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it is entitled to compensation, and specifying the method of fixing the compensation.
8. Permission is given to bring into the ports of New Archangel, on the island of Sitka, of St. Paul, on the island of Kadiak, and into such others as may be subsequently found convenient for the purpose, all kinds of merchandise (except intoxicating beverages, powder, and arms) on board both Russian and foreign vessels.
9. Special regulations shall be prescribed concerning the importation of intoxicating liquors and the sale thereof in the Colonies, as well as the furnishing of arms and powder, such regulations to be of such a character as not to impose onerous restrictions upon the inhabitants, and at the same time to guard against abuses and injurious consequences.
10. The Aleuts and other peaceful natives within the Colonies are relieved from compulsory labor in behalf of the Russian American Company. They shall be allowed to settle in localities which they may find convenient, and shall be free to absent themselves from the places of their residence, subject only to such rules of police as may be established by the board of administration of the Colonies.
11. All the inhabitants of the Colonies permanently residing therein shall be classified either as natives or as colonial residents, to which latter class shall belong the creoles, the now so-called colonial citizens, and the immigrants who may in future arrive in the Colonies. The natives shall have the right of electing their chiefs and the colonial citizens shall be governed by elective elders. Both the chiefs and elders shall be confirined by the chief manager of the Colonies and be liable to removal by him, in which latter case it shall be his duty to order a new election.
12. The period of obligatory service to the Russian American Company by creoles educated at the expense of the Company, either in the Colonies or outside, is limited to five years.
13. It shall be lawful for Russian subjects, as well as for foreigners who have become Russian subjects, to settle at all points of the colonial territory not actually occupied by establishments of the Company or present colonial inhabitants, and to occupy for their dwellings, outbuildings, and tilling all necessary areas of unoccupied lands.
14. Until further orders from the Government, the inhabitants of the Colonies shall not be subject to any direct taxes, either in behalf of the Crown or of the Russian American Company.
15. Every description of trade, except the fur trade, shall be free to all the residents of the Colonies and to all Russian subjects without distinction or limitation.
As regards the fur trade: (a) Reserve to the Russian American Company until January 1, 1882, the exclusive right of engaging in the fur trade within the following limits only: On the peninsula of Alaska, taking for its northern boundary the line from Cape Douglas, in the Bay of Kenai, to the upper shore of Iliamna Lake; upon all the islands situated along the coast of that peninsula, namely, the Aleutian Islands, the Commander Islands, the Kurile Islands, as well as upon the islands situated in Bering Sea, and along the whole western shore of Bering Sea. As regards the region stretching northeast of the Alaska penin. sula, along the whole of the coast up to the boundary line contiguous with the possessions of Great Britain, and on the islands situated along that coast, including Sitka and the whole of the Koloshian archipelago, and likewise on the continent of the northern part of America, the privilege of the company to exclusively engage in fur trade shall be abolished. (b) All colonial residents and settlers who are Russian subjects shall be allowed to engage in the fur trade, wider special regulations to be prescribed upon the subject in all the places within the Russian possessions wherein the exclusive right of the Russian American Company is abolished as stated above. All other Russian subjects not perinanent residents of the Colonies shall be free to trade with the natives for furs, but not to engage in hunting fur-bearing animals.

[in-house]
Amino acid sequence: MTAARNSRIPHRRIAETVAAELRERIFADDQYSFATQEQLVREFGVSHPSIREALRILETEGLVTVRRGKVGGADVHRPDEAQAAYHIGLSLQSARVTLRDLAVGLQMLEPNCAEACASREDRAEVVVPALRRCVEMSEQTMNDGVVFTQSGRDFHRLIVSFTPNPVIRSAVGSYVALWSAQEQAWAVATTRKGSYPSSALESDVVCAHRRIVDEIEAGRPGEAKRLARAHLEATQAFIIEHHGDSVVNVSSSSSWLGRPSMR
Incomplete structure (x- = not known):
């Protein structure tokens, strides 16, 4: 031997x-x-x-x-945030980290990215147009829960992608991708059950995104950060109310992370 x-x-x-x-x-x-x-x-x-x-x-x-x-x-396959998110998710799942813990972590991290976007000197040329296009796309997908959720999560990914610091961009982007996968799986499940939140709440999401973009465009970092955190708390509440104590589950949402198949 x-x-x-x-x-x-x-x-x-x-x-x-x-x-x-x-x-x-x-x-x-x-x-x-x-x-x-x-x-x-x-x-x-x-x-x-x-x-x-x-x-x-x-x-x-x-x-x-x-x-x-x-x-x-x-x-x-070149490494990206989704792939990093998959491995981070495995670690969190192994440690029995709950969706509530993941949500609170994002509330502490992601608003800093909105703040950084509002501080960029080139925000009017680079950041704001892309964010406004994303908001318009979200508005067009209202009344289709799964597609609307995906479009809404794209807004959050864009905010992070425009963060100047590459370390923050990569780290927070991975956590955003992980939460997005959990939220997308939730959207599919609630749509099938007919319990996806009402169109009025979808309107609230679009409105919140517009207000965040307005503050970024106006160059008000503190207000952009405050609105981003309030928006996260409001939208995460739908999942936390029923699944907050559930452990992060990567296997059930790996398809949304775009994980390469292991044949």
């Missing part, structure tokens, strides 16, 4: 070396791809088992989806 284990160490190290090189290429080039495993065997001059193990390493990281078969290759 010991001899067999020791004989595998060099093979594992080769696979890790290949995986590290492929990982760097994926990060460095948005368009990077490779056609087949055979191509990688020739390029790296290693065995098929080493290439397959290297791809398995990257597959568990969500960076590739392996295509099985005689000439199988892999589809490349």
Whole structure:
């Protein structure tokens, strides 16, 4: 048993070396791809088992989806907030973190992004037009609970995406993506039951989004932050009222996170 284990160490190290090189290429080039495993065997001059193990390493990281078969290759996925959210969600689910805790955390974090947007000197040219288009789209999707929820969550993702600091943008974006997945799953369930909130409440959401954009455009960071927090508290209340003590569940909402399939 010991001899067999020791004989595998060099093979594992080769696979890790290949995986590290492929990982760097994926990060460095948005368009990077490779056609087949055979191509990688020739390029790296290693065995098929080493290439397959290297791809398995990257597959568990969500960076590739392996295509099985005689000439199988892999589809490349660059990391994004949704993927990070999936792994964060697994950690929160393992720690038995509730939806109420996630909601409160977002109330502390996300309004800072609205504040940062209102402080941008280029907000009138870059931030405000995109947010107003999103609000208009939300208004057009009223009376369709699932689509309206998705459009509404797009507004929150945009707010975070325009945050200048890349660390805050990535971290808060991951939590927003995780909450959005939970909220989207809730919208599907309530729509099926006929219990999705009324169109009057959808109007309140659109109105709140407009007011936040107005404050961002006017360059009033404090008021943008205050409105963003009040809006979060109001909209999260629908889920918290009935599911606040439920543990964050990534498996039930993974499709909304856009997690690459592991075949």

1 It is clear from the context that it is intended to refer to the eastern shore of Bering Sea.
16. The general administration of the Colonies and supervision over the management of the Compauy's affairs shall be entrusted to a chief manager, appointed by the Emperor, and independent of the Company, who shall be subject to the immediate orders of the Government and assisted by colonial council composed of members appointed by the Government and members appointed by the Russian American Company, in such number as may be necessary for the conduct of the business and performance of special missions. The expense of maintaining the chief manager and the council assisting him shall be borne by the Imperial Treasury, under the estimates of the Minister of Marine. The duties and rights of the manager and council shall be determined by special instructions or ordinances.
17. The supervision of the Russian American Colonies and the Russian American Company shall form a part of the duties of the Minister of Marine.
In pursuance of the above-cited opinion of the State council, approved by the Emperor June 14, I communicate to the board of admin. istration of the Russian American Company the principles as specified above, for the preparation of the Company's charter and colonial regulations, and hereby invite the board to submit a project to be presented for the final consideration of the State council, and to convoke a general meeting of the stockholders of the Russian American Company, agreeably to the provisions of sections 2182 and 2184, part 1, volume 10, Code of Civil Laws, edition of 1857, which meeting shall be attended by the greatest possible number of stockholders for the consideration of this subject.
The original was signed by the Minister of Finance and by the Secretary of State, Reitern, and in the absence of the director by the acting director of the office of the Ministry of Finance, Kodsko. A true copy:
Concerning the granting of a fourth charter to the Russian American
Company. Flis Imperial Majesty has deigned to confirm the opinion of the general session of the Council of State concerning the revision of the charter of the Russian American Company and the organization of the Russian American Colonies, and to order the same to be carried into effect.
President of the Council of State. APRIL 2, 1866.
OPINION OF THE COUNCIL OF STATE."
The Council of State in the Department of the Imperial Domain in its general session having considered the report of the Minister of Finance concerning the revision of the charter of the Russian American Company and the organization of the Russian American Colonies, renJered the following opinion: In modification and explanation of the respective provisions contained in the opinion of the Council of State, approved by the Emperor on June 14, 1865, concerning the principal features of the new charter of the Russian American Company and of colonial regulations, it is ordained: